Discrimination against Scheduled Castes and Scheduled Tribes

Discrimination against Scheduled Castes and Scheduled Tribes

On Independence Day, Ms. Amritham, the Panchayat president of Aathupakkam panchayat was not allowed to hoist the national flag because she belongs to the Dalit community. Today, after intervention from the Tiruvallur district collector and the Superintendent of Police, she finally hoisted the national flag at the panchayat office.


Social activists say that such discrimination is common across Tamil Nadu, and have demanded a monitoring mechanism in every district to address such issues. How does the law protect members of a Scheduled Caste (SC) or Scheduled Tribe (ST)?


Protection under the law


Indian law has abolished untouchability, and Article 17 of our Constitution disallows the practice of untouchability in any form.


Further, we have a specific law to deal with offences against SCs and STs. This is the Scheduled Castes and the Scheduled Tribes (Prevention of Atrocities) Act, 1989. The Act prevents offences or atrocities against SC/ST members, and also provides special courts for the trial of such offences. It aims to offer relief and rehabilitation for SC/ST victims.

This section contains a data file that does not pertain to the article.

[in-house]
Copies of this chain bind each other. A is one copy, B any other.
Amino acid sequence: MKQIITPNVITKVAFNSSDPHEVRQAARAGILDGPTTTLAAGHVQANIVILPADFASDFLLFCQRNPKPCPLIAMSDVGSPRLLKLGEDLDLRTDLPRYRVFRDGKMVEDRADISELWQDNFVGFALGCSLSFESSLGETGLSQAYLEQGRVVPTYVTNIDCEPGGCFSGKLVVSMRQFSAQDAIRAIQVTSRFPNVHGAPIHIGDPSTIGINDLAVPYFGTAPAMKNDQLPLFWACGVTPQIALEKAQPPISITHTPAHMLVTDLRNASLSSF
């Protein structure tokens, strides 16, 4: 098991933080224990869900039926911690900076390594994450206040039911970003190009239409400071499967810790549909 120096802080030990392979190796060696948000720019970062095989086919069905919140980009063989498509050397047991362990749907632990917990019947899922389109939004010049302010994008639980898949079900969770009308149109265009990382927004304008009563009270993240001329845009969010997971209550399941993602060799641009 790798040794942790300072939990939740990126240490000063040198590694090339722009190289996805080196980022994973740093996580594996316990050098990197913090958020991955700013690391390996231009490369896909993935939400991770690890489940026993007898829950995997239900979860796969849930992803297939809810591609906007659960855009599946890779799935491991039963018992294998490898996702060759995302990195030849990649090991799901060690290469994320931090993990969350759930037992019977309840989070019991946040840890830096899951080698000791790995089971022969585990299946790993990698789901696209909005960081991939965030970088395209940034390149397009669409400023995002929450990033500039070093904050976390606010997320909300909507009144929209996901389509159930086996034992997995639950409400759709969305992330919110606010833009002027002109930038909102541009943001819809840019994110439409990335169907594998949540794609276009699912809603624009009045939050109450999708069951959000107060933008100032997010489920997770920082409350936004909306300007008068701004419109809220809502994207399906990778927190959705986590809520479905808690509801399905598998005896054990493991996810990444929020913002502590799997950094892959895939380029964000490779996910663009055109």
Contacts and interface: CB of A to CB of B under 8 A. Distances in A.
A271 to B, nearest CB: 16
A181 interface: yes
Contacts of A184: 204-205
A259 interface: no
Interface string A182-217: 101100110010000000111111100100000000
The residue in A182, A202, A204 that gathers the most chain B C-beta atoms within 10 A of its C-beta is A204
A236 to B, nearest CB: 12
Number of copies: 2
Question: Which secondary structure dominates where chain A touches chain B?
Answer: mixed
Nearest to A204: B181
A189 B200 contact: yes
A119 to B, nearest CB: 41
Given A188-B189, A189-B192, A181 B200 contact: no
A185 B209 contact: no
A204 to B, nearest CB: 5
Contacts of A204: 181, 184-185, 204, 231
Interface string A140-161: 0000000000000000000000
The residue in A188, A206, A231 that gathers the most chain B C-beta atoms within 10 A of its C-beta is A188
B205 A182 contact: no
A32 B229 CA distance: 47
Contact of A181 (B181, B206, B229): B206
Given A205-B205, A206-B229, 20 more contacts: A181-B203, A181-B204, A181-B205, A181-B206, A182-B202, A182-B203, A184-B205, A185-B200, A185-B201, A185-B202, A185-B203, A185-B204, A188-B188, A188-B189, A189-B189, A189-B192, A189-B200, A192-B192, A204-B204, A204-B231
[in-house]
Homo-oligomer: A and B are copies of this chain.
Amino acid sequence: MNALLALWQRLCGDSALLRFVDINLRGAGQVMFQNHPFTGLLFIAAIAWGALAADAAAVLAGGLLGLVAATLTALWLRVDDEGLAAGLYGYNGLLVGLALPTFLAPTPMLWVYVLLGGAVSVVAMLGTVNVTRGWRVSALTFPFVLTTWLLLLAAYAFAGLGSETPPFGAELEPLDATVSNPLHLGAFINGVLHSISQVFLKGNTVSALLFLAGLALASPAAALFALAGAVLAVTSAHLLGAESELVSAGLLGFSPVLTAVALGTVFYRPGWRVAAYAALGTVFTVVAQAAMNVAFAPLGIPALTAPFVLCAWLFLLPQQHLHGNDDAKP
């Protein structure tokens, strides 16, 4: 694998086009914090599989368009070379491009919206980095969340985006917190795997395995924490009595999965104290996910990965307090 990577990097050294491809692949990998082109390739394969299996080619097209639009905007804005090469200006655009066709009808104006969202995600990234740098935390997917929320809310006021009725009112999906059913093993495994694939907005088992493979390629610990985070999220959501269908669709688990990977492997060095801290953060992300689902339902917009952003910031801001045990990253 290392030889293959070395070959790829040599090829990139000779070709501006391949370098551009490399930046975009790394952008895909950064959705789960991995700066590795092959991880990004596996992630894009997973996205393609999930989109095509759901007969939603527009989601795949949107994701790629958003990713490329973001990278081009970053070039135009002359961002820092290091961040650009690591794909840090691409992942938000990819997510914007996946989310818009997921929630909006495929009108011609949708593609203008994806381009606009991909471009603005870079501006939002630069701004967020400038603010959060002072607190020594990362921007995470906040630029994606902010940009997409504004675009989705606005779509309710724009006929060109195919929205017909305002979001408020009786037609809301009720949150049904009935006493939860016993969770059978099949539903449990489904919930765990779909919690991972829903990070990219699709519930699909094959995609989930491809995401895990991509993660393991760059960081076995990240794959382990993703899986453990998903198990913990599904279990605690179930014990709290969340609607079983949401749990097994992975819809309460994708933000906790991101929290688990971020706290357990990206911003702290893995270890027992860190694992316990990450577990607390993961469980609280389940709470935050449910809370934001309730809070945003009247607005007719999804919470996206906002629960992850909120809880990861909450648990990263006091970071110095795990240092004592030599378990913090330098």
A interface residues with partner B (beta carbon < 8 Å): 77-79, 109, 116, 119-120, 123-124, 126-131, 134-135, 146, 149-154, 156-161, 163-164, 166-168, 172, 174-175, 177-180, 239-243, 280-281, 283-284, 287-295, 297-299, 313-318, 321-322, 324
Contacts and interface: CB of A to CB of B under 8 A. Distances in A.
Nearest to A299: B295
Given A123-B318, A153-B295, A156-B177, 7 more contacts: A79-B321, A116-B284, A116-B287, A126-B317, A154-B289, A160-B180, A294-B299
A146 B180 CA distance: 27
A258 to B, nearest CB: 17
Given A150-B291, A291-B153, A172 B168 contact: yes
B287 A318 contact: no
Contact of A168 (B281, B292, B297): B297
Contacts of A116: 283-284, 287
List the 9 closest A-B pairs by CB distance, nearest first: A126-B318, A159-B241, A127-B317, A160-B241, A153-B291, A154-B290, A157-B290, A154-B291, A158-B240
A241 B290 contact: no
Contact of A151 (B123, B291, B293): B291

Section 3 of the Act punishes offences against members of an SC or ST. Some of the major offences are listed below:


a) You cannot forcibly commit any act on an SC/ST member, like removing his clothes, forcibly shaving his hair, painting his body or any other similar act which is against human dignity.

b) You are not allowed to wrongfully drive out an SC/ST member from his land, or interfere with his rights, including forest rights, rights over water or irrigation facilities etc.

c) You cannot make an SC/ST member do manual scavenging, or employ him for such a purpose.

d) You are not allowed to insult or intimidate a member of an SC/ST in any public place with the intention of humiliating him. Further, you cannot abuse him by referring to his caste in any public place.

e) You are not allowed to promote feelings of enmity, hatred or ill-will against members of Scheduled Castes or Scheduled Tribes.

If you commit any of these offences, you can be punished with a fine and imprisonment for at least six months, which may extend to five years.